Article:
Campeón del Torneo Metropolitano 1977, second row from left: Passarella, Comelles, Merlo, Lonardi, Héctor López, Fillol.

Kneeling: Pedro González, Marchetti, Luque, Juan J. López, Ortiz.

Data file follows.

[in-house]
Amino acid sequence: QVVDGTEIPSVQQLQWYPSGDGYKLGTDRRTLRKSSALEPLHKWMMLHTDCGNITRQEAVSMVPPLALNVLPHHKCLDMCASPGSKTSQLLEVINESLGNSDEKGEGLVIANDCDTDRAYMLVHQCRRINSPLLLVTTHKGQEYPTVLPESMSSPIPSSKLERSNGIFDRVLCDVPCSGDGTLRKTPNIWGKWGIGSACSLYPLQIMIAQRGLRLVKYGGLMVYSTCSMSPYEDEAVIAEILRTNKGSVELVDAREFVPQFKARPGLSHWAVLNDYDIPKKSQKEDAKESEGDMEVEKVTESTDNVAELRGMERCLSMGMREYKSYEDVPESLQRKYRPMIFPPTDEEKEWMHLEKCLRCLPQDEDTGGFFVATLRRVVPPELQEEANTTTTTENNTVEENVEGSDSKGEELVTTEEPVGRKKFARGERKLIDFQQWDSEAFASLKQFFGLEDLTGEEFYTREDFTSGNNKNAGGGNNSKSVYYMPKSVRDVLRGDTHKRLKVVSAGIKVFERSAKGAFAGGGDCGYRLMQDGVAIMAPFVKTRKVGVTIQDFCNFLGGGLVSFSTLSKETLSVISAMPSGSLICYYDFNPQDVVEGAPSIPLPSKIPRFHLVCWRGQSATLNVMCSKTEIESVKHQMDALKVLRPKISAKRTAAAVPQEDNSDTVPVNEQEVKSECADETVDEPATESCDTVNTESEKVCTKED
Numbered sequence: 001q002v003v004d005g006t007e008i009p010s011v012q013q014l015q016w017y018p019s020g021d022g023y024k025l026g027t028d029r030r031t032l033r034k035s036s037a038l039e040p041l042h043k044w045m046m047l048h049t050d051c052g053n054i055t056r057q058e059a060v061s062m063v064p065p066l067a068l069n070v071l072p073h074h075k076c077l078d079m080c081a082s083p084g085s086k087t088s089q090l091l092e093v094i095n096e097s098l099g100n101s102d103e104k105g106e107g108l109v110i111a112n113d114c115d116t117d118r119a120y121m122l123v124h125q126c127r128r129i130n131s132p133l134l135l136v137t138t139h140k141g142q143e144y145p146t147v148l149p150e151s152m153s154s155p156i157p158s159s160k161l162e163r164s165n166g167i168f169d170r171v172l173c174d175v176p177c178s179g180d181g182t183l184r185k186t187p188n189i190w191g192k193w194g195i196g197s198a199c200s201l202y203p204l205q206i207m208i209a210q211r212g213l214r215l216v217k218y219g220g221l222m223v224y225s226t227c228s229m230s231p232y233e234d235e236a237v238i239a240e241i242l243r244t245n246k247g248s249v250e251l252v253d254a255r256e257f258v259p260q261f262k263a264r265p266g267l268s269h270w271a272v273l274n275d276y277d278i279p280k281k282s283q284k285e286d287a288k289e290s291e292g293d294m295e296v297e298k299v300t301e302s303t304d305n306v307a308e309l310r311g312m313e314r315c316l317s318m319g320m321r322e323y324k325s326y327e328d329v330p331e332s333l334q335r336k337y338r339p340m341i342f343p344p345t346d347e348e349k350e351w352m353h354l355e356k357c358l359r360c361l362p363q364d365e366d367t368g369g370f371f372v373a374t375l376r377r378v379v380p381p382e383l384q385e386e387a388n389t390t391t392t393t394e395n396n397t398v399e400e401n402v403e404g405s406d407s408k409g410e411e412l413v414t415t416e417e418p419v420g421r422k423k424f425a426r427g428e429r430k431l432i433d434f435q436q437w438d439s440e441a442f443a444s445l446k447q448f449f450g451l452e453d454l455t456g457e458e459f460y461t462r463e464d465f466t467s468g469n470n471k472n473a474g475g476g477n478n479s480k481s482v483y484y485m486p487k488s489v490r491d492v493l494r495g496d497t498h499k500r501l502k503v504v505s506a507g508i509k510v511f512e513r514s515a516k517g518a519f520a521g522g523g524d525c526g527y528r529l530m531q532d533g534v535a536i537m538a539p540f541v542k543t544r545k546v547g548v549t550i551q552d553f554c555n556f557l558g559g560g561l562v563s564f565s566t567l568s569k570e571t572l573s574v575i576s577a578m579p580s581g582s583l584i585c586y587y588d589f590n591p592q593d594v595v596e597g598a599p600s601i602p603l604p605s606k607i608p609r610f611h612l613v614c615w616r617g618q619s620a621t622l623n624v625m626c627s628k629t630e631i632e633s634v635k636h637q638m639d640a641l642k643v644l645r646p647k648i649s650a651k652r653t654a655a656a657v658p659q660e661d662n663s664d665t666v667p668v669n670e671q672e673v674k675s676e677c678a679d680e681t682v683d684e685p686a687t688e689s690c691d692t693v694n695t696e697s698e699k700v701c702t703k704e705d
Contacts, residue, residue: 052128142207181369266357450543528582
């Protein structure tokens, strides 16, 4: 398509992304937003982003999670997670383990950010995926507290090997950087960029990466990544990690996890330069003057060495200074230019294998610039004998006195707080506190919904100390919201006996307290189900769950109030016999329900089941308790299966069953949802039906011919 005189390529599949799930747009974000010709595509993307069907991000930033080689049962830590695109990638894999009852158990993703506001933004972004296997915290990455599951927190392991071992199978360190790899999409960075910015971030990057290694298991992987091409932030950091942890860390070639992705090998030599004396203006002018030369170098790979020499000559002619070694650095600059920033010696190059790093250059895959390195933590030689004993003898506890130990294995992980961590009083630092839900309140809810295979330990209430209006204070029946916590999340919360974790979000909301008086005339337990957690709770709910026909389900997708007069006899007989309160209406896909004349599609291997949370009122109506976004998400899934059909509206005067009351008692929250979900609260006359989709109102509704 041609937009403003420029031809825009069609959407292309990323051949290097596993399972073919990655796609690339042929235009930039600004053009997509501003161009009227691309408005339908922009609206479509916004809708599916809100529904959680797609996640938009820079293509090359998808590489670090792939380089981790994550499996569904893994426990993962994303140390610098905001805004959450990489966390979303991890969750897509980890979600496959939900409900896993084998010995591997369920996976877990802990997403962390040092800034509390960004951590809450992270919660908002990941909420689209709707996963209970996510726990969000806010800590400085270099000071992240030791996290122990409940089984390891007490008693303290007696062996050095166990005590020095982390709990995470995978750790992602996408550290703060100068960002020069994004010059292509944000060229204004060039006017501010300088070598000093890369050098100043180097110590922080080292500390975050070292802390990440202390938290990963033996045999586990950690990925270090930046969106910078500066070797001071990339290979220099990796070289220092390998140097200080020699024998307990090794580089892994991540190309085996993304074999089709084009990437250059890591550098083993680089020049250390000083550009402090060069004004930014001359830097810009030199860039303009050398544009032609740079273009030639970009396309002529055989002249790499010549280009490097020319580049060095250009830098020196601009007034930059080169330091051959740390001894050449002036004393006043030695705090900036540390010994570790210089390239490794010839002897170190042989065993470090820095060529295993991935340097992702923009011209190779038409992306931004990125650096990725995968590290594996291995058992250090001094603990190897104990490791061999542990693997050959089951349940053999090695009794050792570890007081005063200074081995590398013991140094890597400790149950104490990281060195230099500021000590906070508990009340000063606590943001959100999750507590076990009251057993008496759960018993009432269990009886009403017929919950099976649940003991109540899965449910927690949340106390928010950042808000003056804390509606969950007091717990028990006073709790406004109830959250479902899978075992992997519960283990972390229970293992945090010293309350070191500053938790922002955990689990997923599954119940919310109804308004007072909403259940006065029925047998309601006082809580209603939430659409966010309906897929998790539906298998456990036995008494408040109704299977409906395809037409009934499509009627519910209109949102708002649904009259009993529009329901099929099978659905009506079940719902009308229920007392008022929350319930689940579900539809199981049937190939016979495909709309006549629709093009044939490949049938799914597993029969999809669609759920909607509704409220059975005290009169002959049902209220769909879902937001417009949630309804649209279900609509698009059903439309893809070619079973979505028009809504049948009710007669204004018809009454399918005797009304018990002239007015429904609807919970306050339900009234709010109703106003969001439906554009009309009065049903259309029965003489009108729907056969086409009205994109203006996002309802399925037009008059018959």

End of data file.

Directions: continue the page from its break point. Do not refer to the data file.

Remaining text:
Well known squad in Argentina, but unknown in Europe. Except Fillol, the Argentinian national team goalkeeper, now captaining River Plate. Of course, some names above are very familiar today, but that is not because of 1977, but because of 1978. In a way, this squad was a preparation for the World Cup – strong season-national team-world title-international fame. Leopoldo Luque deserves a note: an year back he was part of the successful newcomers to the league, Union (Santa Fe). Gatti and Lorenzo, the coach, moved to Boca Juniors. Luque – to River Plate. Governments may wish to include provincial football among the best, but provincial club is easily robbed – and plummets down (all is relative, of course – Union still played well, finishing 10th in 1977). Anyhow, River Plate had solid base and quite young too. The age perhaps made the whole difference: many a club depended on old stars – River Plate depended on new batch of talented players. Thanks to Angel Labruna perhaps? Labruna is massive legend – but that is the player Labruna. The coach is hardly ever mentioned... his first spell at the helm of his beloved River Plate, in the late 1960s, was almost a disaster. At any rate, he did not win anything. He led Rosario Central to the Nacional title in 1971, but after that – nothing. An year with Racing Club; an year with Talleres – did not last anywhere and won nothing. He started his second spell with River in 1975. And this time was different – a revival started right away. River Plate restored its 'rightful' place, started winning titles again. Was he a great coach? Who knows... his bios, not tainted by River Plate bias, are laconic: he 'brought much domestic success' to a side 'endowed with players like Daniel Passarella, Norberto Alonso, and Leopoldo Luque'. Hardly the best of praise – looks like the club got, as it ever did, the top players of the country. Not exactly a squad made by the coach, but merely having top talent able to win with or without coaching... Was it so? Quite likely – Labruna is not among the famous coaches in neither category – not among the revolutionaries; not among the great winners either. But River Plate was winning under him – and that was enough.